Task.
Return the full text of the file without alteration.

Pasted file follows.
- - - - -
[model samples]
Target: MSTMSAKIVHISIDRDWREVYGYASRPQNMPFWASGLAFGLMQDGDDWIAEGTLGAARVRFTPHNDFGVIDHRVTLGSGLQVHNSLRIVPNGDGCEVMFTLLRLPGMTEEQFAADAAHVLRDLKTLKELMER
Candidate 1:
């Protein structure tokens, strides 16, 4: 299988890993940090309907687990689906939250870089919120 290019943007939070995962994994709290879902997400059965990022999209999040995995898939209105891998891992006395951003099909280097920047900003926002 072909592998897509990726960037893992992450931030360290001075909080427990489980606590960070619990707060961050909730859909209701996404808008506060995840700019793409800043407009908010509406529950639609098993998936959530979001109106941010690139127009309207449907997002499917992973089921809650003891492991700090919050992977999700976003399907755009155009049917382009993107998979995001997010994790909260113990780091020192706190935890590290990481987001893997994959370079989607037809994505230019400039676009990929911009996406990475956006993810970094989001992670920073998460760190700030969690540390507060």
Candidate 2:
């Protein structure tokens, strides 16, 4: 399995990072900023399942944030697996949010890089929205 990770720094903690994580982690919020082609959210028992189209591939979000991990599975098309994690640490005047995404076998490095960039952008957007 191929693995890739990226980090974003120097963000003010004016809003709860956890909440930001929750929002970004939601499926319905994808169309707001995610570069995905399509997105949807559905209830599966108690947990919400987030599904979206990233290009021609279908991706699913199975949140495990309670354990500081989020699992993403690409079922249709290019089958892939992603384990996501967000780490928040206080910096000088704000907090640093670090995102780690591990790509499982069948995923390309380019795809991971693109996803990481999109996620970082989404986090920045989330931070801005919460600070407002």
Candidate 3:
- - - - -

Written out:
[model samples]
Target: MSTMSAKIVHISIDRDWREVYGYASRPQNMPFWASGLAFGLMQDGDDWIAEGTLGAARVRFTPHNDFGVIDHRVTLGSGLQVHNSLRIVPNGDGCEVMFTLLRLPGMTEEQFAADAAHVLRDLKTLKELMER
Candidate 1:
């Protein structure tokens, strides 16, 4: 299988890993940090309907687990689906939250870089919120 290019943007939070995962994994709290879902997400059965990022999209999040995995898939209105891998891992006395951003099909280097920047900003926002 072909592998897509990726960037893992992450931030360290001075909080427990489980606590960070619990707060961050909730859909209701996404808008506060995840700019793409800043407009908010509406529950639609098993998936959530979001109106941010690139127009309207449907997002499917992973089921809650003891492991700090919050992977999700976003399907755009155009049917382009993107998979995001997010994790909260113990780091020192706190935890590290990481987001893997994959370079989607037809994505230019400039676009990929911009996406990475956006993810970094989001992670920073998460760190700030969690540390507060």
Candidate 2:
């Protein structure tokens, strides 16, 4: 399995990072900023399942944030697996949010890089929205 990770720094903690994580982690919020082609959210028992189209591939979000991990599975098309994690640490005047995404076998490095960039952008957007 191929693995890739990226980090974003120097963000003010004016809003709860956890909440930001929750929002970004939601499926319905994808169309707001995610570069995905399509997105949807559905209830599966108690947990919400987030599904979206990233290009021609279908991706699913199975949140495990309670354990500081989020699992993403690409079922249709290019089958892939992603384990996501967000780490928040206080910096000088704000907090640093670090995102780690591990790509499982069948995923390309380019795809991971693109996803990481999109996620970082989404986090920045989330931070801005919460600070407002």
Candidate 3: